The Daily Express has learnt that senior Government figures have privately briefed key Brexit groups that the Prime Minister will insist that they move on to trade talks before any final divorce bill can be agreed.
The revelation came as ministers played down claims emanating from the EU that the Government has privately committed to paying 45 to 55 billion euros (£40 billion to £49 billion).
According to one report from Brussels, the UK Government has accepted that it has 90 billion euros of liabilities and will pay around half – 45 billion euros (£40 billion).
Mrs May’s hand has been strengthened by a new Bank of England report that reveals that the UK banking system will be able to survive the shock of no deal with the EU.
She is set to meet European Commission Jean-Claude Juncker on Monday ahead of the crucial European Council summit on 14 December facing a demand that she pledges to a specific amount before talks on trade can begin.
‘No divorce bill’ May gets tough on EU and REJECTS €55billion demand
There is nothing to fear from leaving the EU without a deal, even the perpetually gloomy Bank of England is now admitting it
If the European Council, made up of heads of government, refuses to move the talks on to trade it is widely expected that Mrs May will end the negotiations and prepare for operating under World Trade Organisation (WTO) rules.
While the Prime Minister has agreed to pay up to then of the current EU budget cycle in 2021, estimated to be a net loss of £28 billion to the UK in the two years after Brexit in 2019, it is understood that she has cabinet backing to go further to get a trade deal.
A Westminster source linked with Brexit campaign told the Daily Express: “We don’t believe this figure of 45 billion euros or more because we have had clear assurances that no money will be put on the table, meaning that the Government will not commit to a final figure.”
The move has come at a sensitive time with a pro-Brexit minister briefing the Express last week that Mrs May is facing resignations from the Government if she pushes ahead with even £40 billion without a proper trade deal.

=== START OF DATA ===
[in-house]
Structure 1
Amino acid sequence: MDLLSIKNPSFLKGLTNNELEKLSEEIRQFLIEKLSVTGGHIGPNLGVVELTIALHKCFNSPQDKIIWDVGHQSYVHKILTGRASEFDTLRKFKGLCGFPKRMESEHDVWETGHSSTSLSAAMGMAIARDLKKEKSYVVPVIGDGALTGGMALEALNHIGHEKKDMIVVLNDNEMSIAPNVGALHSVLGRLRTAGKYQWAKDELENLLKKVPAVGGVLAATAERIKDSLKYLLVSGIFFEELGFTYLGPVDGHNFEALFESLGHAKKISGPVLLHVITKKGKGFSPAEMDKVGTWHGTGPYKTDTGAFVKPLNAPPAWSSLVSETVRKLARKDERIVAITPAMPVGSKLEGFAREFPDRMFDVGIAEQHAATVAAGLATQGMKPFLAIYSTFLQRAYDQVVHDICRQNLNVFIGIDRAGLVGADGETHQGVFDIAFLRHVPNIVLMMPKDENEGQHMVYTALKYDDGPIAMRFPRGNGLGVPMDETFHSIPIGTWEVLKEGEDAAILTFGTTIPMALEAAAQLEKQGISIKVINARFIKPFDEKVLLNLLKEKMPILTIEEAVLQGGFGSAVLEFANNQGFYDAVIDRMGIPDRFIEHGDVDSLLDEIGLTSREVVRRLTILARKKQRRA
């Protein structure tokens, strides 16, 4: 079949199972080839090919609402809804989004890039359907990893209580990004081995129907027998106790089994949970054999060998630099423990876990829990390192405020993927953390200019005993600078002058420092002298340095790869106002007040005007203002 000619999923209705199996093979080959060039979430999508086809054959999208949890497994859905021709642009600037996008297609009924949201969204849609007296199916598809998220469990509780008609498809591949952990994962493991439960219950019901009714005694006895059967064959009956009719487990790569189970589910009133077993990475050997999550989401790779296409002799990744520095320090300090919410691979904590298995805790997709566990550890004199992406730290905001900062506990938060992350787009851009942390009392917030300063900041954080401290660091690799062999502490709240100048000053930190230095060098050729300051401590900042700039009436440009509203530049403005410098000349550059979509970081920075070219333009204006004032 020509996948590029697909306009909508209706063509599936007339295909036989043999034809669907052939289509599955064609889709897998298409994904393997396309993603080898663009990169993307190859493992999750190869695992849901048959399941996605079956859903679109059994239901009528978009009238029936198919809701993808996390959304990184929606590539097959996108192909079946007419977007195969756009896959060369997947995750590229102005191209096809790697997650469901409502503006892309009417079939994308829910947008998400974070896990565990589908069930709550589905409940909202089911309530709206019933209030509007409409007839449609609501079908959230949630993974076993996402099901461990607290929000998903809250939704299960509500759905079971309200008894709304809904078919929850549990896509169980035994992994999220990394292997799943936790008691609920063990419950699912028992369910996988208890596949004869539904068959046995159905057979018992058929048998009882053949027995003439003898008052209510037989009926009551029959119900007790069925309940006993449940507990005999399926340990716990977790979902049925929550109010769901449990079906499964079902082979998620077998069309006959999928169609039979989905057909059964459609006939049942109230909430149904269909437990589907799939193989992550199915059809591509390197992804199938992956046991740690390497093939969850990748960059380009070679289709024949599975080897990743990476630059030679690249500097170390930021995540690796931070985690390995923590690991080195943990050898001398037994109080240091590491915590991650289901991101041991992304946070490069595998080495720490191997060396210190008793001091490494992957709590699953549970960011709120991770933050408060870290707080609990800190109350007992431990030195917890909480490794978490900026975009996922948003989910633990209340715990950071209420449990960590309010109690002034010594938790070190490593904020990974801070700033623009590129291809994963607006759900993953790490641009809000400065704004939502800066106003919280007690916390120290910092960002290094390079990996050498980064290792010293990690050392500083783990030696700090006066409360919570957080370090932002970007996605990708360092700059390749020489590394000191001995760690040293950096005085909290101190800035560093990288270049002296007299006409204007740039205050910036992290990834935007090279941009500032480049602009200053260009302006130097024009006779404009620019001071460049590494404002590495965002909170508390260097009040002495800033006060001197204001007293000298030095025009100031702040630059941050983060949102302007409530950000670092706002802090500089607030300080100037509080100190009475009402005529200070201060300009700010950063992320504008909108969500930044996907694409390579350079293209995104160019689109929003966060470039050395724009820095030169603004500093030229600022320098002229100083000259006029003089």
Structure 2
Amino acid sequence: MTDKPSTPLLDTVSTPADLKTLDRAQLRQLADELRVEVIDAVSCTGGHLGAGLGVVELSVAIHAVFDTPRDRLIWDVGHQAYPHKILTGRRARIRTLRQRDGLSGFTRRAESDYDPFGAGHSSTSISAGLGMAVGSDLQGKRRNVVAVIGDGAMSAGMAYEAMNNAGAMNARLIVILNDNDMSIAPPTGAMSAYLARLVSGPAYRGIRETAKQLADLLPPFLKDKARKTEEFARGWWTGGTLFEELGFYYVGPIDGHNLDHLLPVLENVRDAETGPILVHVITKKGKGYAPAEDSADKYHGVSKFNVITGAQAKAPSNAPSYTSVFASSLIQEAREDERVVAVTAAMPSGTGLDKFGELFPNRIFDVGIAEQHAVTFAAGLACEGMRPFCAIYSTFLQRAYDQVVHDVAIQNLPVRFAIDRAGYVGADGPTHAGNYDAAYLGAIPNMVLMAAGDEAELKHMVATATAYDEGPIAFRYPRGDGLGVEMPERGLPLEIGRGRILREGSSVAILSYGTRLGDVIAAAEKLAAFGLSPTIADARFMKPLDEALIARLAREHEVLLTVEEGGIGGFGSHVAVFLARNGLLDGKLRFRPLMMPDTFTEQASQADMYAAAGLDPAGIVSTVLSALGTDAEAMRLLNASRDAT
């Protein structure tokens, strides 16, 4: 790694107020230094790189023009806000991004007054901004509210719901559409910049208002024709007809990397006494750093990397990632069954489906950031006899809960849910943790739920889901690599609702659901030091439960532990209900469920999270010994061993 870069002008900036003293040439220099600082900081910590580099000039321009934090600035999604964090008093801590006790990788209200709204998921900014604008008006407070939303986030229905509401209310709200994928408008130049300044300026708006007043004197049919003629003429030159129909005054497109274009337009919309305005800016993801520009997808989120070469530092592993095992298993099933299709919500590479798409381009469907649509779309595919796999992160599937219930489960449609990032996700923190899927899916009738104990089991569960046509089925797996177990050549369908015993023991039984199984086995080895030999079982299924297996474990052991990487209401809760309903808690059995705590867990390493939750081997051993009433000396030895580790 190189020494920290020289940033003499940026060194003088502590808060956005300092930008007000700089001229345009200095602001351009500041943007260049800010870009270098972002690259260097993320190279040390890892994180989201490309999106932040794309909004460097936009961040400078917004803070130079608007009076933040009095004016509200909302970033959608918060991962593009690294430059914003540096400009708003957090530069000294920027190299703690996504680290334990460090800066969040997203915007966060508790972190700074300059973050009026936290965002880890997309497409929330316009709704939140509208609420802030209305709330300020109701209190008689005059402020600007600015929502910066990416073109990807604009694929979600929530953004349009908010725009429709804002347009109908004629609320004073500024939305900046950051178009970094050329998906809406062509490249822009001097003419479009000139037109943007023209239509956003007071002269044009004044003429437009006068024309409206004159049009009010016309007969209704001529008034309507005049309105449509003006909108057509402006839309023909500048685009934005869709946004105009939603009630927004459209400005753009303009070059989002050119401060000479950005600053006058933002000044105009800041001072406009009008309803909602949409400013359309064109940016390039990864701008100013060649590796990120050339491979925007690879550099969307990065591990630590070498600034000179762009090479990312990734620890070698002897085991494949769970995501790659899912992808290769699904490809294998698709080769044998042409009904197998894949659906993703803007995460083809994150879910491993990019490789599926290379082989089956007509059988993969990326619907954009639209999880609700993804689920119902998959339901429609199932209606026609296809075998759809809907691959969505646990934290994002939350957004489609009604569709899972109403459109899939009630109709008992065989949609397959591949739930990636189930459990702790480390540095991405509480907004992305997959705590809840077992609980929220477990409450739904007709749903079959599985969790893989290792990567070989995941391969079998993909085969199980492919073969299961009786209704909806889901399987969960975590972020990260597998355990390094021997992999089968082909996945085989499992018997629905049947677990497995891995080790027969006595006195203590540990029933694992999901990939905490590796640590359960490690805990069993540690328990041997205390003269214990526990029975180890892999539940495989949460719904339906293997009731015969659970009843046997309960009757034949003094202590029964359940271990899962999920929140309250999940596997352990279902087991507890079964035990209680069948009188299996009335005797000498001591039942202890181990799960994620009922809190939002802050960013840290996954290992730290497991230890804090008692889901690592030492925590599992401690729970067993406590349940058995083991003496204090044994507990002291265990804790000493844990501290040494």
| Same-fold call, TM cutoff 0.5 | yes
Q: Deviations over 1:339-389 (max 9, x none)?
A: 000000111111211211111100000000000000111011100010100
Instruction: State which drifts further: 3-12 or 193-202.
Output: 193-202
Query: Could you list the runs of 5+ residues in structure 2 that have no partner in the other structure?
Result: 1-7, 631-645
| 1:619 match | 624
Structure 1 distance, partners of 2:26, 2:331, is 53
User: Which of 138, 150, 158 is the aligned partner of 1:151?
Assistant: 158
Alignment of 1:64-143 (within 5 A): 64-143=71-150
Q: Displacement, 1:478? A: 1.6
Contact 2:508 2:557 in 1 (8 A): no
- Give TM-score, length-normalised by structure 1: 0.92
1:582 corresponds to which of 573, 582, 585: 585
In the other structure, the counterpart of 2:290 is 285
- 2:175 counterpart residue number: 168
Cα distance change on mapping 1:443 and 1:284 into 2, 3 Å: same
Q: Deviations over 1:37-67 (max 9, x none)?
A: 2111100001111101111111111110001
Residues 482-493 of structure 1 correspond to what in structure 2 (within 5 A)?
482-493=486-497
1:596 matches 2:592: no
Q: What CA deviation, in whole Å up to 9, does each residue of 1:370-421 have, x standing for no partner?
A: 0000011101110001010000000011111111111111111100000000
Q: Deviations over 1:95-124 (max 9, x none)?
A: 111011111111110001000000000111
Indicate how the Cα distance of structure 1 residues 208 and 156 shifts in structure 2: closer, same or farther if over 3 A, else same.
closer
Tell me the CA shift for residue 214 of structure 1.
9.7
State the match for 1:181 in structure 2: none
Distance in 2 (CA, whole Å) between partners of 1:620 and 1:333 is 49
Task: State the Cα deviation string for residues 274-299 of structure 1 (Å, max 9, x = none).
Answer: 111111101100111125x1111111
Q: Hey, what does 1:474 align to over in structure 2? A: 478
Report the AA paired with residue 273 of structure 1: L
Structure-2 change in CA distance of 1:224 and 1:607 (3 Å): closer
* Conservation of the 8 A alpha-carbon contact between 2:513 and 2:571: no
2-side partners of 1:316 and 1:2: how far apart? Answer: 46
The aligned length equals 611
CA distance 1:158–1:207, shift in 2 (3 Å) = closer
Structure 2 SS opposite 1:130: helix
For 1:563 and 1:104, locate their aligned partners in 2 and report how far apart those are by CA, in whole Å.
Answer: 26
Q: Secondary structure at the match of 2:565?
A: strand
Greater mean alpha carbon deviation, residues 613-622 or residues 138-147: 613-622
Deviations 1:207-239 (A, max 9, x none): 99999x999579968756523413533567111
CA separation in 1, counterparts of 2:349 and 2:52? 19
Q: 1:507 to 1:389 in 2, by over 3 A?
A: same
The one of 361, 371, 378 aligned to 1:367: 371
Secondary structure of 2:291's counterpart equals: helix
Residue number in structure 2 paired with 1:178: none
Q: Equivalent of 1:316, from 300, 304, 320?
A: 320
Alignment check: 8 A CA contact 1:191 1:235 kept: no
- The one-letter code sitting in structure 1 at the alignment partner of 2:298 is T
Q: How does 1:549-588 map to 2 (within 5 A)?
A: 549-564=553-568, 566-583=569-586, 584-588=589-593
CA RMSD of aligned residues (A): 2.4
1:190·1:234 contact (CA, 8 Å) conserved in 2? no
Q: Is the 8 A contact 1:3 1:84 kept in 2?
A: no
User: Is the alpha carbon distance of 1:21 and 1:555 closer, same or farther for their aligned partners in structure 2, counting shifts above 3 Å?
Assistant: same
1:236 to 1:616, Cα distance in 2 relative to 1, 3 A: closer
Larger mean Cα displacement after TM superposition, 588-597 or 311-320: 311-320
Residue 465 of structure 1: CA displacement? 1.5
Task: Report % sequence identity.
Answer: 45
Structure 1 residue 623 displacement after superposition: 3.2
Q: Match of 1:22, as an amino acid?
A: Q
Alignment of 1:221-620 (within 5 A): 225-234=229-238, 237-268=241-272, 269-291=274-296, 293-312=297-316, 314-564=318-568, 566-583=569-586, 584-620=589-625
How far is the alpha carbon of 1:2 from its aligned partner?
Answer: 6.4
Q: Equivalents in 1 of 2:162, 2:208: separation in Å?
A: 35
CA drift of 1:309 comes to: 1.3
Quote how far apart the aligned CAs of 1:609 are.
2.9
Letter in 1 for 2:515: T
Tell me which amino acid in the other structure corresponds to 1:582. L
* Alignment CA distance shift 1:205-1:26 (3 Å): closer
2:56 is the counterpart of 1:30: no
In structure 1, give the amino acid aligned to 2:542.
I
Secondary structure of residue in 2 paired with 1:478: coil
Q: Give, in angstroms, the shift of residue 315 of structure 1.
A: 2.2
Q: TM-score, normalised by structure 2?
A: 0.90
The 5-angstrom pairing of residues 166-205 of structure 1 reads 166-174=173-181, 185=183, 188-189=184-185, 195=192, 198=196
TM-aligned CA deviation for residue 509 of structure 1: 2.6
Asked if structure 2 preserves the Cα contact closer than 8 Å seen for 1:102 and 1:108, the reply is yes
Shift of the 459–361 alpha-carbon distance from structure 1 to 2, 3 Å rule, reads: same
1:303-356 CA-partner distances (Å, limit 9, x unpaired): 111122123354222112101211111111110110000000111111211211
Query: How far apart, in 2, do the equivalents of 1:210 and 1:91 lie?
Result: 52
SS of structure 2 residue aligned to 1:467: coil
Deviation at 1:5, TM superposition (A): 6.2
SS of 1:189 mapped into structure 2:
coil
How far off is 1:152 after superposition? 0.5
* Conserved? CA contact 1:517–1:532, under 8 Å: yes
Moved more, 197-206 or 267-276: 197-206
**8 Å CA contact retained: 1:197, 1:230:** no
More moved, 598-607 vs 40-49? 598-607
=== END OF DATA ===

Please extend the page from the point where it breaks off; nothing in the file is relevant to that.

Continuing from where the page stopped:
And last night the Government roundly dismissed the reports of a deal on a divorce bill from Brussels.
A BoE report revealed that the UK will survive the shock of a no deal exit from the EU
A Downing Street source said that negotiations are “ongoing”.
Meanwhile, another senior government source “strongly advised against following that figure” of £40 billion to £49 billion.
A Department for Exiting the EU spokesman said: “Intensive talks between the UK and the European Commission continue to take place in Brussels this week as we seek to reach an agreement.”
Another senior source dismissed the reports as “wrong”.
For talks to progress on to trade the EU has demanded that the UK needs to resolve the divorce bill issue as well as give greater clarity on EU citizens rights and the Ireland, Northern Ireland border.
Mrs May is set to meet European Commission President Jean Claude Juncker on Monday
Meanwhile in Brussels a spokesman for the EU’s chief Brexit negotiator Michel Barnier said: “We would not have any comment on it.”
Movement was expected yesterday on the EU position with Mr Barnier in Germany holding talks with the beleaguered German Chancellor Angela Merkel and her finance minister Peter Altmaier.
Scepticism over reports from Brussels has strengthened over recent months with many of the briefings being denied by the British government and apparently aimed at undermining the UK negotiating position.
According to Economists for Free Trade, a “no deal” where Britain goes on to WTO rules would boost the UK economy by £135 billion a year.
And last night a Bank of England report appeared to shatter Project Fear claims that no deal would be a disaster for the UK.
Jacob Rees Mogg claimed there is ‘nothing to fear from leaving the EU without a deal’
The Bank’s stress tests showed the UK’s banking system could cope with an extreme economic stress scenario, equivalent to the worst possible outcome of the UK’s departure from the EU.
All seven of the lenders tested were given a clean bill of health and will not have to bolster their financial strength for the first time since the annual health check on the sector was launched in 2014.
Barclays and the Royal Bank of Scotland (RBS) emerged as the weakest of the seven lenders tested and only passed thanks to action they have taken over the year to boost their balance sheets.
The Bank put seven of the biggest lenders through their paces – Lloyds Banking Group, Barclays, RBS, HSBC, Santander, Nationwide Building Society and Standard Chartered.
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In its bi-annual Financial Stability Report, the Bank found the lenders were strong enough to “continue to support the real economy through a disorderly Brexit”.
Tory MEP David Campbell Bannerman, a member of the European Parliament’s trade committee and Brexit steering group, said: “The wheels seem to be falling off Project Fear.
“Not only have we not lost 500,000 jobs but have the lowest unemployment since 1975, now we find UK banks will be sound financially even with WTO rules.”
Tory MP Jacob Rees Mogg said: “There is nothing to fear from leaving the EU without a deal, even the perpetually gloomy Bank of England is now admitting it.”